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NATIONAL FLOOD INSURANCE PROGRAM
Mr. VITTER. Madam President, I come to the Senate floor to discuss another very important issue for our economy, which is the National Flood Insurance Program.
The National Flood Insurance Program is a vital Federal program that helps provide flood insurance for properties all across the country. It is absolutely vital to citizens and to our economy, to the real estate market, to closings which cannot happen without this type of insurance in many instances. It is important all across the country. It is nowhere more important than in Louisiana, which, unfortunately, has pretty severe flooding risks.
In the last few years, we have extended this necessary and important program but sometimes with real fits and starts and even lapses of the program. As you know, Madam President, in 2010, it got worse than ever. Congress allowed the National Flood Insurance Program to lapse four times--for a total of 53 days--for no good reason. It was not a money issue; it was not a cost issue; it was not a deficit issue because continuation of the program along the current structure does not raise deficit and debt. But we had these deadlines that kept approaching, and we let, in many instances--in four instances--the deadline actually come and the program to lapse--four times in 2010, for a total of 53 days.
That had enormous negative consequences. Real estate closings that were scheduled to happen had to be canceled. Here we are in the middle of a horrendous recession--clearly the worst since World War II--led by problems in the real estate market, and we had good, solid real estate closings which had to be put off and canceled for no good reason. Really crazy.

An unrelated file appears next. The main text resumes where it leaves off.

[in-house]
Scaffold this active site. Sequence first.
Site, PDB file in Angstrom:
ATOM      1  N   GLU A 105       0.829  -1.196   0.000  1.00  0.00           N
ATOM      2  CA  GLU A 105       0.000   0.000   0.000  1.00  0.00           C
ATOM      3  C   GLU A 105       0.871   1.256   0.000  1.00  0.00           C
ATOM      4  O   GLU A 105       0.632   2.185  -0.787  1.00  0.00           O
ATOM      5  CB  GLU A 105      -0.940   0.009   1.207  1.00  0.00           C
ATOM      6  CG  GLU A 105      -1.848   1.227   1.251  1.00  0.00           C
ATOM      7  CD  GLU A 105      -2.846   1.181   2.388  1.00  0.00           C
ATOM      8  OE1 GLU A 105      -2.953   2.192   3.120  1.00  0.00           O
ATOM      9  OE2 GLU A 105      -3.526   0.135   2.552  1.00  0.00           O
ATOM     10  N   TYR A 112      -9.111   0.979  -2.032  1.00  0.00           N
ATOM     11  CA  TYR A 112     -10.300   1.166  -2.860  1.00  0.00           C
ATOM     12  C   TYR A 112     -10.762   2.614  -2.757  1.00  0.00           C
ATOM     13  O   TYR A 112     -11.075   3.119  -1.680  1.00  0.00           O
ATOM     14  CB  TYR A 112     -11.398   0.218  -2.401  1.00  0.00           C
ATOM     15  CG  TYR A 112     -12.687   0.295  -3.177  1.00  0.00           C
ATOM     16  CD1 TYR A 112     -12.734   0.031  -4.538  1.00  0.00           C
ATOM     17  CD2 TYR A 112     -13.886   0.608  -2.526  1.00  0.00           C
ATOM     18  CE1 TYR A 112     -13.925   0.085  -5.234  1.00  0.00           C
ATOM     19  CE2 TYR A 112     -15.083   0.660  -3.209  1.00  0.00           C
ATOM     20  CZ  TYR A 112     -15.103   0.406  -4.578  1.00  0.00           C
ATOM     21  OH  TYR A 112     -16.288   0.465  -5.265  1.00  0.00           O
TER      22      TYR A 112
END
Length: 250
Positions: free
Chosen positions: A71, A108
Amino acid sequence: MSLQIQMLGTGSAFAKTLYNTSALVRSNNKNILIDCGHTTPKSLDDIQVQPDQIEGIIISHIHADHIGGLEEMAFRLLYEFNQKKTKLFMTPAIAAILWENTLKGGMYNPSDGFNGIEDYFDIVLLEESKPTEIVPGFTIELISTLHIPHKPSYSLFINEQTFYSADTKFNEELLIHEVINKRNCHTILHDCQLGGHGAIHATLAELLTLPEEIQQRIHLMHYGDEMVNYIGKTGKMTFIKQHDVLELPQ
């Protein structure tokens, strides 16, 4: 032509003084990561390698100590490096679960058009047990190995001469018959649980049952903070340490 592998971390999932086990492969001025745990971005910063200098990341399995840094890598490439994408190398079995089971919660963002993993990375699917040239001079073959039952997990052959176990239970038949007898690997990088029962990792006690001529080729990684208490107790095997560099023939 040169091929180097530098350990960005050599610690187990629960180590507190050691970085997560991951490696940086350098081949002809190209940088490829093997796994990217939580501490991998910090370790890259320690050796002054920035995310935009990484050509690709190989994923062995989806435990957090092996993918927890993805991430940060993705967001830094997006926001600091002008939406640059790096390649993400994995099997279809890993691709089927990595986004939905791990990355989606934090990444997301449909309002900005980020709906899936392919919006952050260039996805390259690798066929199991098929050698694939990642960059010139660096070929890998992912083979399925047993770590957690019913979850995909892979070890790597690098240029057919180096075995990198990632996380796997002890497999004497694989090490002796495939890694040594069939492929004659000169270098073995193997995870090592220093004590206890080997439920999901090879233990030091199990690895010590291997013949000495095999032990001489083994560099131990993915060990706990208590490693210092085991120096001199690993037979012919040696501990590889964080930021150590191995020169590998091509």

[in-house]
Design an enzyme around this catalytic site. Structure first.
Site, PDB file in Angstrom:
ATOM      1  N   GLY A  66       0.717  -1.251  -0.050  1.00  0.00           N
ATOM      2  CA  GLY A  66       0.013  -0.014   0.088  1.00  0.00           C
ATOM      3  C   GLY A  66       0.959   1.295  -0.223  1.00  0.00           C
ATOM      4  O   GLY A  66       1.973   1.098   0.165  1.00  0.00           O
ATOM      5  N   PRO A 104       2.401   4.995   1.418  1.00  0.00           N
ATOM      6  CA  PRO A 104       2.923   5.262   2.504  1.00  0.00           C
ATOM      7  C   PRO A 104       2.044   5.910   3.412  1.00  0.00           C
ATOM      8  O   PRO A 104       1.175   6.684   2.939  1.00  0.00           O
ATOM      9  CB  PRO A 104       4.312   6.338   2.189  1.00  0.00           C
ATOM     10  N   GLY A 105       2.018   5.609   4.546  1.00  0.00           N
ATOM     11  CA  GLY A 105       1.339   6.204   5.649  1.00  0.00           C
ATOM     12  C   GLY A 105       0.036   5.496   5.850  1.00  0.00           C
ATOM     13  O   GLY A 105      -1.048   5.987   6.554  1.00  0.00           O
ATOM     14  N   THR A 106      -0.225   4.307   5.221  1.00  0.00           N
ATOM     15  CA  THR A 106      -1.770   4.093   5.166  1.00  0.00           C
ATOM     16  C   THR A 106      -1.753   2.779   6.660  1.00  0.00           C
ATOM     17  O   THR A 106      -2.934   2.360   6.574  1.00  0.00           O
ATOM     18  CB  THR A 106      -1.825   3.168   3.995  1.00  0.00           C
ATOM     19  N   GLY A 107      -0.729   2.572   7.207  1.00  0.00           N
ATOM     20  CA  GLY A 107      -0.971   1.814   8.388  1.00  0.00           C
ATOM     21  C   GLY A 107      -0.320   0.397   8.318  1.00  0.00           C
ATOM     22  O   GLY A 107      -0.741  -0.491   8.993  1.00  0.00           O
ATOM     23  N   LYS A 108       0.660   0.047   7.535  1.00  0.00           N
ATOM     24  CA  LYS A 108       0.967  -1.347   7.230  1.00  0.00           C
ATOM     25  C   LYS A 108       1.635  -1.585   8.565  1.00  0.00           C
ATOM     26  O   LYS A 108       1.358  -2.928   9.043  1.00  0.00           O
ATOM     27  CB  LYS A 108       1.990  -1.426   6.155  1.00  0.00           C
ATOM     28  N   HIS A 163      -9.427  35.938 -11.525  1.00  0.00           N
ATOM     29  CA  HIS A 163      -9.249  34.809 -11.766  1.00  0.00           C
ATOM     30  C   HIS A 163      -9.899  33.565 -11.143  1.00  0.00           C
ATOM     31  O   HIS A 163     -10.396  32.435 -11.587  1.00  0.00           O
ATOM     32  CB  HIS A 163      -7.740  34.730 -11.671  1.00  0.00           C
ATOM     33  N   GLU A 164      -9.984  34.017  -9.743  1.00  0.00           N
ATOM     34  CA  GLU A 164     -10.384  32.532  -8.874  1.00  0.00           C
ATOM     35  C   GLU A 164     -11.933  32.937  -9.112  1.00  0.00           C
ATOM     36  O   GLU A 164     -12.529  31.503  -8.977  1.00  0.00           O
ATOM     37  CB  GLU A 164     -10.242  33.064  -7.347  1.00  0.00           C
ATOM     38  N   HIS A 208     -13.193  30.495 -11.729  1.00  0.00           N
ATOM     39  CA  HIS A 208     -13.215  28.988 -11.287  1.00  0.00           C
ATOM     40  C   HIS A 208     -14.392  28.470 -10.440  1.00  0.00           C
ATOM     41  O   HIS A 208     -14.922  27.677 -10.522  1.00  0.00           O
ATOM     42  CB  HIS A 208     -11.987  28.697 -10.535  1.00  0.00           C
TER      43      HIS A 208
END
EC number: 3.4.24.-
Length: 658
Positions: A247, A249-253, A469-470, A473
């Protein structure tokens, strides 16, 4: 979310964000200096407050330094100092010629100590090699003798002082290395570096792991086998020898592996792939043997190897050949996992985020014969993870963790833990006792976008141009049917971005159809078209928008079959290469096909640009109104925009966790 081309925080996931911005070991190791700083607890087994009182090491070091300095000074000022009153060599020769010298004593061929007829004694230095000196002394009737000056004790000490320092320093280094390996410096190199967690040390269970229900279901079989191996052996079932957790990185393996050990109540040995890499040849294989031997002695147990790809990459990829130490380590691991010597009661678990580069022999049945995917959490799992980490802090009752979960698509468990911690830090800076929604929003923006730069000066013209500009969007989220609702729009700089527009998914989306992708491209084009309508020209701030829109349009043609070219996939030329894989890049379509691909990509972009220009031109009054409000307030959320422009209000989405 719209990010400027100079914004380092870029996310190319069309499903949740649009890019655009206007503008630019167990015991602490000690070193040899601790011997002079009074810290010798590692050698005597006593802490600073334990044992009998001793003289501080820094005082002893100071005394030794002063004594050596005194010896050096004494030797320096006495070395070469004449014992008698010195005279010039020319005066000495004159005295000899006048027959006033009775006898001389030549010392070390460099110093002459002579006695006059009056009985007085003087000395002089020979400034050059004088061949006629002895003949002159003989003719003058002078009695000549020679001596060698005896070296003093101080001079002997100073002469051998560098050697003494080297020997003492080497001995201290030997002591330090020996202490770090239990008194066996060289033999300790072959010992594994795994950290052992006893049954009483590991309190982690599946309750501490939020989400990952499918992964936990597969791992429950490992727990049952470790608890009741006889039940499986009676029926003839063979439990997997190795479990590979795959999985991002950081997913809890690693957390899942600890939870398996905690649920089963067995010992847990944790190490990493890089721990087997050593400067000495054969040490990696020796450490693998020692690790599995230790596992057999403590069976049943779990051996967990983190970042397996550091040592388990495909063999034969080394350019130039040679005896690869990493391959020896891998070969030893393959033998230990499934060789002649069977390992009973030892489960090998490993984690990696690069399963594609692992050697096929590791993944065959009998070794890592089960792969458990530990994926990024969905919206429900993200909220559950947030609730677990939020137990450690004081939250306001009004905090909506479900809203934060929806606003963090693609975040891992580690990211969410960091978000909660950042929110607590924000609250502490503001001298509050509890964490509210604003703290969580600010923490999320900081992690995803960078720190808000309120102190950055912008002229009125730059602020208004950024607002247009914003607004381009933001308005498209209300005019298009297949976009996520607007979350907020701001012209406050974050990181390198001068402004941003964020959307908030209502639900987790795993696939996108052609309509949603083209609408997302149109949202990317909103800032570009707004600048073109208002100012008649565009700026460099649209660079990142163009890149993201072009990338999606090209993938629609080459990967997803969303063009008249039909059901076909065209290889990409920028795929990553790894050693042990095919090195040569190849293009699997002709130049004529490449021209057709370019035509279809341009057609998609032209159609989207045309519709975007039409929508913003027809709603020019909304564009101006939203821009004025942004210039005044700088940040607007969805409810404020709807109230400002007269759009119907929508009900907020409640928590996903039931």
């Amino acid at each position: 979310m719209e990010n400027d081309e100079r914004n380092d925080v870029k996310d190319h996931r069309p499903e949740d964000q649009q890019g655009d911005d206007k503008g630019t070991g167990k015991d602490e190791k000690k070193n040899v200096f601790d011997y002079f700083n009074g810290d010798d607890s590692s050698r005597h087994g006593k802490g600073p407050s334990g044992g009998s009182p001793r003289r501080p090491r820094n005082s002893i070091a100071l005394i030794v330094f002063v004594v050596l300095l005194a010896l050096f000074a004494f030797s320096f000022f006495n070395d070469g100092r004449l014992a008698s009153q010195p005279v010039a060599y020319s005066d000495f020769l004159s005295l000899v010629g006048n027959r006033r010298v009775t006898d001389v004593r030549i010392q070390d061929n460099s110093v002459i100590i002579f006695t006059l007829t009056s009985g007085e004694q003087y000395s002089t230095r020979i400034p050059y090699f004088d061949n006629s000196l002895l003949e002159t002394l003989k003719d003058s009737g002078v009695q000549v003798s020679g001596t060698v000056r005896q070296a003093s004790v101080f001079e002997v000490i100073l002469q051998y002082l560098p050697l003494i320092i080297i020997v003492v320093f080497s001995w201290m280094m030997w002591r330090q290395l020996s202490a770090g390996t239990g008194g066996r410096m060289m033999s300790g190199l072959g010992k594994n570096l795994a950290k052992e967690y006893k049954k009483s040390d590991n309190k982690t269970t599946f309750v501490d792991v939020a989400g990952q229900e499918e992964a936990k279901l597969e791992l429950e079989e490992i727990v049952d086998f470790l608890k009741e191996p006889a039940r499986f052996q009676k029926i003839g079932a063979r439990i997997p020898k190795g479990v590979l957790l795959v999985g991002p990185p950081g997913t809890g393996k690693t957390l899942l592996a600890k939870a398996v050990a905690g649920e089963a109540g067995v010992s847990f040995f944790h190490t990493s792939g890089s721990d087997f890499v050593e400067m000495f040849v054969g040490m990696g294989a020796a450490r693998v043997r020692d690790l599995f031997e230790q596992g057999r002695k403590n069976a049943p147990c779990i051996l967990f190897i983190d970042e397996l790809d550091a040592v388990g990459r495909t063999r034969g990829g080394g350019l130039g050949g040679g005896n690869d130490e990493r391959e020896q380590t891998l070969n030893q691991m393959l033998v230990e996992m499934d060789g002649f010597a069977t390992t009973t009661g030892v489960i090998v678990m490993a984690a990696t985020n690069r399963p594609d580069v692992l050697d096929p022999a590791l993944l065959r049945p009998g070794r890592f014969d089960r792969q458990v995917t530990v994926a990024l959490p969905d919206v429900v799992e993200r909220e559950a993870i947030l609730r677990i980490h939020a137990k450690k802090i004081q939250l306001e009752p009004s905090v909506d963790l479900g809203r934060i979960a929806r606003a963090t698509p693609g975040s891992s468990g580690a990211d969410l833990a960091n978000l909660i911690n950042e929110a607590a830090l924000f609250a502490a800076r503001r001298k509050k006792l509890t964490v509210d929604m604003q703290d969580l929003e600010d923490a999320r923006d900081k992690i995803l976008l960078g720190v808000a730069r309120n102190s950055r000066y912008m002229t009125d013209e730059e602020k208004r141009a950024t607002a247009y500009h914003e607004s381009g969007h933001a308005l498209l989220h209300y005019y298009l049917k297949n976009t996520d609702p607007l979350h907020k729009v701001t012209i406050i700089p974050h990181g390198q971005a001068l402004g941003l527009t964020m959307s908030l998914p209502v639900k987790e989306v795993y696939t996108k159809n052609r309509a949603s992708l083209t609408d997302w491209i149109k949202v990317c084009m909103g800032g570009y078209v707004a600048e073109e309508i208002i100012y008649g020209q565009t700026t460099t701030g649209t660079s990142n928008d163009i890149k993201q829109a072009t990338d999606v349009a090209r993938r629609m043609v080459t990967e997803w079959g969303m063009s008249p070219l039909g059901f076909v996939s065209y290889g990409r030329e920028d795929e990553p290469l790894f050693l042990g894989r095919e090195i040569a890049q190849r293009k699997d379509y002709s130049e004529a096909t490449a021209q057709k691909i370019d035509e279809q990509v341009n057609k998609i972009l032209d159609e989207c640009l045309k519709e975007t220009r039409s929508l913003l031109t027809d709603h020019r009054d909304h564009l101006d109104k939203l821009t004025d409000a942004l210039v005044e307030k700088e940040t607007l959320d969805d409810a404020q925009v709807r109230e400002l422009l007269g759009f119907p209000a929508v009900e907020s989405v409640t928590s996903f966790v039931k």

We learned a little bit from that experience, and this year, in 2011, we have done better. We have continued the program without lapse. But I am afraid we are getting back into this habit of extremely short-term extensions, which brings with it the threat of lapses. We extended the program a few weeks ago, but we only extended it for the duration of the current CR, until this December 16. So, again, the program is set to completely expire nationwide this December 16.
The ultimate solution is a long-term, full reauthorization of the flood insurance program. I support that full 6-year bill, and we have voted out of the Senate Banking Committee a full, long-term, 6-year reauthorization bill. However, that is not going to pass into law between now and December 16, and it is pretty clear it is not going to pass into law for several months.
That is why I am urging all of us to come together in a bipartisan fashion in the meantime to pass a clean extension of the program for the remainder of this fiscal year, through September 30, 2012, or for some significantly long time within that year. I think that is needed right now to assure the real estate market there will not be disruptions, to take that threat and that uncertainty out of the market and out of the line of closings, that we want to encourage, we want to build, as we try to build up the real estate market and the economy in general.